Sunday, October 6, is Respect Life Sunday, and the United States Conference of Catholic Bishops (USCCB) have declared entire month of October as Respect Life Month to remind all of the need to respect life from conception to natural death. The theme of this year’s respect life emphasis is “Open your hearts to life!” The Respect Life Program of the USCCB emphasizes several respect life topics such as abortion, support for single mothers, assisted suicide, the death penalty, domestic violence, and marriage and family issues.
Georgene: We so enjoyed hearing your first story, “Between Heaven and Ground Zero” and how God sustained you through that time. Many of us have wondered what happens in the long term. It’s one thing to survive an event and to go on for a period of time, but when everything changes in such a dramatic way, there has to be a residual impact on life. You write about that, as well as the similarities of the lives of many of us whose circumstances may be different but are equally devastating.
Haskin: One of my catchphrases is, “as long as we live, life will keep happening”. We have no control over what goes on in our lives and whether we are experiencing the ups or the downs. But one thing that is constant—one thing that’s sure—is that life is going to keep changing and nothing is going to stay the same, except for God and the peace that he gives us through the change and through the ups and downs. He is this wonderfully consistent hand that gives us peace, comfort, encouragement and hope through it all.
A new poll shows that a majority of Californians are poised to reject a law that opens public school showers, bathrooms and locker room facilities to students of the opposite sex based on “gender identity.” The poll conducted by SmithJohnson Research for the Privacy For All Students coalition showed that 51% of voters oppose the recently-enacted law (AB 1266) while only 34% support it. [The question asked and details of the poll are provided below.]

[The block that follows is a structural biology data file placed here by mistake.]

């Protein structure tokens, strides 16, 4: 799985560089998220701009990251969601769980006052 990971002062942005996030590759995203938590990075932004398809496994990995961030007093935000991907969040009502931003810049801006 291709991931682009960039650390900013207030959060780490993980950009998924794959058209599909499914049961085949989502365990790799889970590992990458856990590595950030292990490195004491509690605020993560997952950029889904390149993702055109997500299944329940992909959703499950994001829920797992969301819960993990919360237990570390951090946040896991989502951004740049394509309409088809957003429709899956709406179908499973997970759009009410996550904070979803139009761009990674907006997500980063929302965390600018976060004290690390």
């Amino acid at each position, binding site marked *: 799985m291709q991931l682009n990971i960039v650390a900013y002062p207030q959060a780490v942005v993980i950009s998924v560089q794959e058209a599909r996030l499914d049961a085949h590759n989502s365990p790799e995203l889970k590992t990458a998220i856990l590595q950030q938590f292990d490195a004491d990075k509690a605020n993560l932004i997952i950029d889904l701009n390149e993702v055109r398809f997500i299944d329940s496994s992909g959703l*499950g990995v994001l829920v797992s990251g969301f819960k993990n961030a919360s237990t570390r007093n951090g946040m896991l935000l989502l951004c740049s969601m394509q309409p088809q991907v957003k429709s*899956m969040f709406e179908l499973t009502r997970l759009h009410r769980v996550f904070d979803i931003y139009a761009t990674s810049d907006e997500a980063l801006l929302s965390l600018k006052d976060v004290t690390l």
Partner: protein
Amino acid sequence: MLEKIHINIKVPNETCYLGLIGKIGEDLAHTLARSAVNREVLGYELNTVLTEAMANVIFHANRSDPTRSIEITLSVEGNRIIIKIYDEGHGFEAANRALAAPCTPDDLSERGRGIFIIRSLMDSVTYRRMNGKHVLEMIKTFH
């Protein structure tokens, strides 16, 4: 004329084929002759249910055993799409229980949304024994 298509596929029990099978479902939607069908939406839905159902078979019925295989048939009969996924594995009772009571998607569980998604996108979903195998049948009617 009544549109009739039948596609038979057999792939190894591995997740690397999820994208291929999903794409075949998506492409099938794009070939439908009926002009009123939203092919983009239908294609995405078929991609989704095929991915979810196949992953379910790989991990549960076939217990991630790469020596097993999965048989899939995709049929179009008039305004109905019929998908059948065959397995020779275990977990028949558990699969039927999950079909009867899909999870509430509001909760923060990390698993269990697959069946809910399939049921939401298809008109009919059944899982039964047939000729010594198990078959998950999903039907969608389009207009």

“The results of this poll are extremely encouraging, and show that Californians reject the idea that the most private school facilities should be opened to students of the opposite sex based on a claim of gender identity,” said Karen England, a member of the Privacy For All Students coalition that is working to qualify a referendum giving voters the final say on the recently-enacted AB 1266. “Even when read the very biased ballot language written by Attorney General Kamala Harris, a large majority of voters reject it, Most voters surveyed are strongly opposed to this new law.”
By Paul Louis Metzger
Multnomah University Professor New Wine Skins Ministry
As you may know, I edit a journal for The Institute for the Theology of Culture: New Wine, New Wineskins called Cultural Encounters. We have a new issue out and I’d invite you to take a look. I’ve reprinted the Editor’s Introduction here, giving you a sampling of what is in this issue. If it piques your interest, head on over to the journal, subscribe, and read!
Was Moses a feminist? It all depends on what texts from the Torah one emphasizes and what one means by feminist. If one takes to heart such texts as Genesis 1:26–31 on male and female sharing in the image of God and lordship in the creation, Genesis 2:18, 20 on ezer, meaning “helper” (perhaps even “warrior”; the same word is used for God as a “strong helper”), and Genesis 3:16 on a man ruling over a woman because of the fall, one might think of Moses as a feminist. Of course, there are other texts that are taken by many interpreters to suggest that the society Moses helped form under God’s direction was patriarchal (See, for example, Ex 20:17; Ex 21:2–4, 7; Nm 5:11–31; Nm 18:1–7; cf. Ex 28:1). Still, even if one were to argue for patriarchy, God places limits on it to protect women’s rights in a post-fallen state (Ex 21:7–11). Feminist or non-feminist, Moses was no male supremacist.